39. Re: #71
    I’ll take it a step further and say there shouldn’t be gun powder involved at all. If you can’t kill a squirrel with a slingshot or a pellet gun, you don’t deserve to eat one.

  40. #71 & 73: Agreed.
    Anyone who would like to hunt squirrels but feel they can’t because they live within city limits and therefore can’t legally shoot firearms shouldn’t be discouraged. Today’s modern spring piston air rifles have more than enough knock-down power to quickly kill squirrels, and since they’re not classified as firearms, they can be legally used within MOST but not all cities. (Some restrictions apply, see dealer for details, etc…)

    Just don’t piss off your neighbors… or shoot your eye out, kid.

  41. #53, Pewma:

    A Northumberland game dealer has been doing a roaring trade in locally caught grey squirrel; they claim they will buy as much squirrel as they can get.

    As the greys have only recently arrived in Northumberland, and are already negatively affecting the reds, this can only be a good thing…

  42. I cooked a squirrel and I liked it
    the taste of hairy ckicken
    I cooked a squirrel just to try it
    I hope Rocket J don’t mind it

  43. 33: “So why bother the squirrels? Just variety?”

    The tails. Fly-tying of course (leading to other enjoyable hunter-gatherer activities), trim for clothing… and the rest of the skin can be made into coasters. You can get a lot of use out of a squirrel, at the price of a clean headshot with a .22.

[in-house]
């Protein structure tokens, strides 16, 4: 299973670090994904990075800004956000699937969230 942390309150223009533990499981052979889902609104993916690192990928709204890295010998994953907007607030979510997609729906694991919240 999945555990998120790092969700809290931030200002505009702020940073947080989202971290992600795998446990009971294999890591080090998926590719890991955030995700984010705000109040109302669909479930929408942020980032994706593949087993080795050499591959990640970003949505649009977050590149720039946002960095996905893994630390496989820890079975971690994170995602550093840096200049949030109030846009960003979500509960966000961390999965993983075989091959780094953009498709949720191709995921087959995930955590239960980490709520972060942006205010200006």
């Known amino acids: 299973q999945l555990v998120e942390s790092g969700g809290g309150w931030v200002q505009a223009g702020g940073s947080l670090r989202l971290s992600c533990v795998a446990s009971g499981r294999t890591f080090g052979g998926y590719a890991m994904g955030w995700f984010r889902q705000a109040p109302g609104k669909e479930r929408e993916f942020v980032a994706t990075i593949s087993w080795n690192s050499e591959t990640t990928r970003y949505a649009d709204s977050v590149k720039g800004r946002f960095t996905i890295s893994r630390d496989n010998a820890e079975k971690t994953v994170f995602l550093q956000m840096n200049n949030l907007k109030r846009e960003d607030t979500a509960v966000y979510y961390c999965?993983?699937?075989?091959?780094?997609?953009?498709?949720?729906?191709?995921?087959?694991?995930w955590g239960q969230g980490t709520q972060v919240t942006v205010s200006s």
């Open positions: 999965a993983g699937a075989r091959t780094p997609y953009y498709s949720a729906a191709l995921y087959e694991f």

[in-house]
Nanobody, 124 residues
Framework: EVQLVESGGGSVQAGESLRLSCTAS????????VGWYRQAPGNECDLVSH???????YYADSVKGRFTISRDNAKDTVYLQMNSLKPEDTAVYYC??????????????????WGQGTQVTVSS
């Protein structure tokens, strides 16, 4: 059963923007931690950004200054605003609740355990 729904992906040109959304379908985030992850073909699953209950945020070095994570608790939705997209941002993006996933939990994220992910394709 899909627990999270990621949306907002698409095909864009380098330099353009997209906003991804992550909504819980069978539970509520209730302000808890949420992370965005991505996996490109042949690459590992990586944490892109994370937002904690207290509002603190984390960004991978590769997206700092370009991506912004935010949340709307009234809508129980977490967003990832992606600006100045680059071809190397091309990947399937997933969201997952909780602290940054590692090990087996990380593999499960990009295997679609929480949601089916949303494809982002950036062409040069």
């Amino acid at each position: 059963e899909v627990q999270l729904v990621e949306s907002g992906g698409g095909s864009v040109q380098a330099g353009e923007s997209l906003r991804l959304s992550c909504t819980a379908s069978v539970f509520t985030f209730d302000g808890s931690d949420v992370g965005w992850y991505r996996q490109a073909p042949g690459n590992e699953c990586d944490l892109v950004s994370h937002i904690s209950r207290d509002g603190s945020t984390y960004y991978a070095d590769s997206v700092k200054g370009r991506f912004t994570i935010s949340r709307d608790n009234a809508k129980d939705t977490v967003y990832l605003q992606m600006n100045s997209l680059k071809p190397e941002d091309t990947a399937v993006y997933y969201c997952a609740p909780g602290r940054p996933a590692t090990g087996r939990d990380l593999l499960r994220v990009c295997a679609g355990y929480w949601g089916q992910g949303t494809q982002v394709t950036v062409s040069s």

As others have observed, not a lot of meat compared to, say, a caribou or whitetail, but hey, you use what you kill.

  44. @#67 Brettspiel, @#48, dbisping:
    Oops, sorry! I didn’t WTFV. I’m posting from work, which blocks video.

    I’m just commenting based on my vast experience hunting squirrel (three times!).

  45. If you’ll notice, though, the boy actually missed the squirrel completely – and that is the way you do it. The shot next to ’em just stuns and puts the squirrel within reach.

    What they didn’t show is the coup de grâce.

    Bizarre video.

  46. BRETTSPIEL, (If You can shoot.) Hunter-type Airguns with Scope and supressor may well be allowed in your neighbourhood. Ask the authorities and the neighbours before you do buy it. If possible make a hide and shoot before anybody is awake. They Are garden pests… :

  47. Yah know, since squirrels are nothin’ more than a rodent with a fuzzy tail, after seein’ this toothless version of the barefoot contessa, I went right out into my ghetto and shot me up some rats. Don’t know what the $@#% an english muffin is, so got me some wonder bread and velveeta to make some tasty rat-melts. Me and the homies thought they was great, ’til my homies found out they was eatin’ rats and capped my @ss 3 or 4 times.